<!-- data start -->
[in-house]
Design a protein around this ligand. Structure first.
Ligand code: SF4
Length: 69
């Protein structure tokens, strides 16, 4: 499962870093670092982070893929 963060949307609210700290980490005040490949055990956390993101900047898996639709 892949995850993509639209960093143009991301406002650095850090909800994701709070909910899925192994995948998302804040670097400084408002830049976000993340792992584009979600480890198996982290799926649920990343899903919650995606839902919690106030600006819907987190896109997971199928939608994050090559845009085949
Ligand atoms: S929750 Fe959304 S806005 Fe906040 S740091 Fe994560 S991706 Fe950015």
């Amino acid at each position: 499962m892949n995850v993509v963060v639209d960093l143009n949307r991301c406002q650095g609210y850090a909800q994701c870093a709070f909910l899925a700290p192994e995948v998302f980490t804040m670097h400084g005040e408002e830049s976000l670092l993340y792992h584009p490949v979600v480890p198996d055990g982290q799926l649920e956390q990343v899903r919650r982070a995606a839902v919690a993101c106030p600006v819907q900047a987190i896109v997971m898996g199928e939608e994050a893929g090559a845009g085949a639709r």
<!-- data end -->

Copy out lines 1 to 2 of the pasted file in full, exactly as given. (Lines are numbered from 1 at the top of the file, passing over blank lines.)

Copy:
[in-house]
Design a protein around this ligand. Structure first.